Charles Edwin Woodrow (CEW)
Bean, Australia's WW1 historian
after Lambert's return from accompanying the 1919 Australian Historical
Mission to Gallipoli.
The Mission was headed by WWI war
correspondent CEW Bean. Charles Edwin Woodrow Bean, MA, BCL (Oxon),
LittD (Melb), journalist and historian, was the official war
correspondent for Australia 1914-1918, and official historian of
Australia in the First World War.
He conceived the idea for an
Australian War Memorial Museum. He was on the Committee and Board of the
Memorial from 1919, and was Acting Director.
The portrait depicts Bean wearing an
army greatcoat and holding a pencil and notebook.
by George Lambert.
AWM image and text
Some text from the AWM site. Some
images & some text from the Anzac Book.
November 1879, Bathurst, NSW
Died: 30 August
Charles Bean is perhaps best
remembered for the official histories of Australia in the First World
War, of which he wrote six volumes and edited the remainder.
Before this, however, he was
Australia’s official correspondent to the war.
He was also the driving
force behind the establishment of the Australian War Memorial.
Bean was born on 18 November 1879 at
Bathurst, New South Wales and his family moved to England when he was
ten. He completed his education there, eventually studying classics and
law at Oxford.
Bean returned to Australia in 1904 and
was admitted to the New South Wales Bar.
He travelled widely in New
South Wales as a barrister’s assistant and, struck by the outback way
of life, wrote and illustrated a book, The impressions of a new chum.
The book was never published but in
mid-1907 much of its content appeared in a series of Sydney Morning
Herald articles under the by-line ‘CW’.
In these articles Bean introduced a
view of Australia, particularly its men, which foreshadowed much of what
he would write about the AIF.
Having dabbled in journalism, Bean joined
the Sydney Morning Herald as a junior reporter in January 1908. He
published several books before being posted to London in 1910.
In 1913 he returned to Sydney as the
Herald’s leader writer.
When the First World War began, Bean won an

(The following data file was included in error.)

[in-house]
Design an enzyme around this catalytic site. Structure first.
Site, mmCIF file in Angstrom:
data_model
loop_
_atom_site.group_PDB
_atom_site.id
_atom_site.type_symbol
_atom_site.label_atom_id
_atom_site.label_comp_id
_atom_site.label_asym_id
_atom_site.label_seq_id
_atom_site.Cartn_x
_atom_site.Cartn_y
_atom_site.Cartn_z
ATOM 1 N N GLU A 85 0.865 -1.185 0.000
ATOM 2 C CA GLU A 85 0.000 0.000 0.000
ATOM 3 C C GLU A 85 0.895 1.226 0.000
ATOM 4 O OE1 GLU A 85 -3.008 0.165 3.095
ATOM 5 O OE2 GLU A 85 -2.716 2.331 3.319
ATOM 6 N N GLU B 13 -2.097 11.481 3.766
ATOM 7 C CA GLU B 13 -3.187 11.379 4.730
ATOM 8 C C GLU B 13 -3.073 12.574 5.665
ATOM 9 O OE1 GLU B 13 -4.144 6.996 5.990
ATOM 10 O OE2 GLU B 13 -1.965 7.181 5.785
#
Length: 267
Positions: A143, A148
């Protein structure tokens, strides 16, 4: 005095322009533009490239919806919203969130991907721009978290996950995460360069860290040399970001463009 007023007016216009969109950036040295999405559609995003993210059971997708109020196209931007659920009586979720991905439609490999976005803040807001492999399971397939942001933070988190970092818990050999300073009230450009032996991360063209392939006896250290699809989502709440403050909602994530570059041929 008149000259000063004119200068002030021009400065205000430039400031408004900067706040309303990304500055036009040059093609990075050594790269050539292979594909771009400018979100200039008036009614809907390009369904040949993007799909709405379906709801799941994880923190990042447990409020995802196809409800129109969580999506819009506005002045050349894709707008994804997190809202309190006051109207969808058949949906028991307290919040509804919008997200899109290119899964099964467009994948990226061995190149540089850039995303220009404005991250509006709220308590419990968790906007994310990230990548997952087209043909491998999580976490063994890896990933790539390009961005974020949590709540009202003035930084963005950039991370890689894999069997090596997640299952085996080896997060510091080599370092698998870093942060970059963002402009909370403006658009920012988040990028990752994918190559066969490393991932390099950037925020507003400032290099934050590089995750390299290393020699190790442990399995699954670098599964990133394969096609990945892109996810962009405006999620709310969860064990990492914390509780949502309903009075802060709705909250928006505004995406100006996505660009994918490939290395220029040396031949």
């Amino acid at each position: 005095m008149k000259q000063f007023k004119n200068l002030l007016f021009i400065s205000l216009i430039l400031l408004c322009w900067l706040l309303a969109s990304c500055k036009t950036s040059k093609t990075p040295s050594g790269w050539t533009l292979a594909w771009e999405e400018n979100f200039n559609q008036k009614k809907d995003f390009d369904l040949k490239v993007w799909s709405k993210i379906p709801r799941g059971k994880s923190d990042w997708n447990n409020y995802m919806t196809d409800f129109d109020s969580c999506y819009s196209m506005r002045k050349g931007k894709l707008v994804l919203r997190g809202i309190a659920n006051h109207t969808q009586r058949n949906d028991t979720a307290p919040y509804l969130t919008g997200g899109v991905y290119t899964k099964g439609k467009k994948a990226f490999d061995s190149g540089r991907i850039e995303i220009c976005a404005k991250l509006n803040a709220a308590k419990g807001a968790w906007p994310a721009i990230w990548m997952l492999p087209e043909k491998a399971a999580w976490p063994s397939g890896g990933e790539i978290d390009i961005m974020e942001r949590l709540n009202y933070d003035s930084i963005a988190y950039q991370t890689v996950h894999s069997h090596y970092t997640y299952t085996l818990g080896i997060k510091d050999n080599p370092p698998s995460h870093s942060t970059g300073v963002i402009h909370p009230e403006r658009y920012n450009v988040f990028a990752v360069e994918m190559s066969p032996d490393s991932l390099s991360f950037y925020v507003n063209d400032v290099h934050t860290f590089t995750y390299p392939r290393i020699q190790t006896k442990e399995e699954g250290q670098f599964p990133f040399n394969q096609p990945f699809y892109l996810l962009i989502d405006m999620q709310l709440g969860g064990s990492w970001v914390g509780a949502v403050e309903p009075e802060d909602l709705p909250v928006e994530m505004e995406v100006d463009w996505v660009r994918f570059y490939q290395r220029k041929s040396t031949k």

Australian Journalists Association ballot and became official
correspondent to the AIF.
accompanied the first convoy to Egypt, landed at Gallipoli on 25 April
1915 and began to make his name as a tireless, thorough and brave
correspondent. He was wounded in August but remained on Gallipoli for
most of the campaign, leaving just a few days before the last troops.
He then reported on the Australians on
the Western Front where his admiration of the AIF crystallized into a
desire to memorialize their sacrifice and achievements. In addition to
his journalism, Bean filled hundreds of diaries and notebooks, all with
a view to writing a history of the AIF when the war ended.
In early 1919 he led a historical
mission to Gallipoli before returning to Australia and beginning work on
the official history series that would consume the next two decades of
Along with his written work, Bean worked
tirelessly on creating the Australian War Memorial in Canberra. He was
present when the building opened on 11 November 1941 and became Chairman
of the Memorial’s board in 1952. He maintained a close association
with the institution for the rest of his life.
During the Second World War, Bean
liaised between the Chiefs of Staff and the press for the Department of
Information. He became Chairman of the Commonwealth Archives Committee
and was instrumental in creating the Commonwealth Archives. Between 1947
and 1958 he was Chairman of the Promotion Appeals Board of the
Australian Broadcasting Commission and continued to write – a history
of Australia’s independent schools and finally a book on two senior
AIF figures, Two men I knew.
Bean didn't like Monash; he certainly didn't understand him, and this was partly Monash's fault. Monash was what these
days would be called a self-promoter; he saw little virtue in modesty.
He gave Bean 'a good talking to' in June for failing to give the
4th Brigade enough publicity. There are few surer ways of getting
a journalist offside. Bean, however, carried his own prejudices.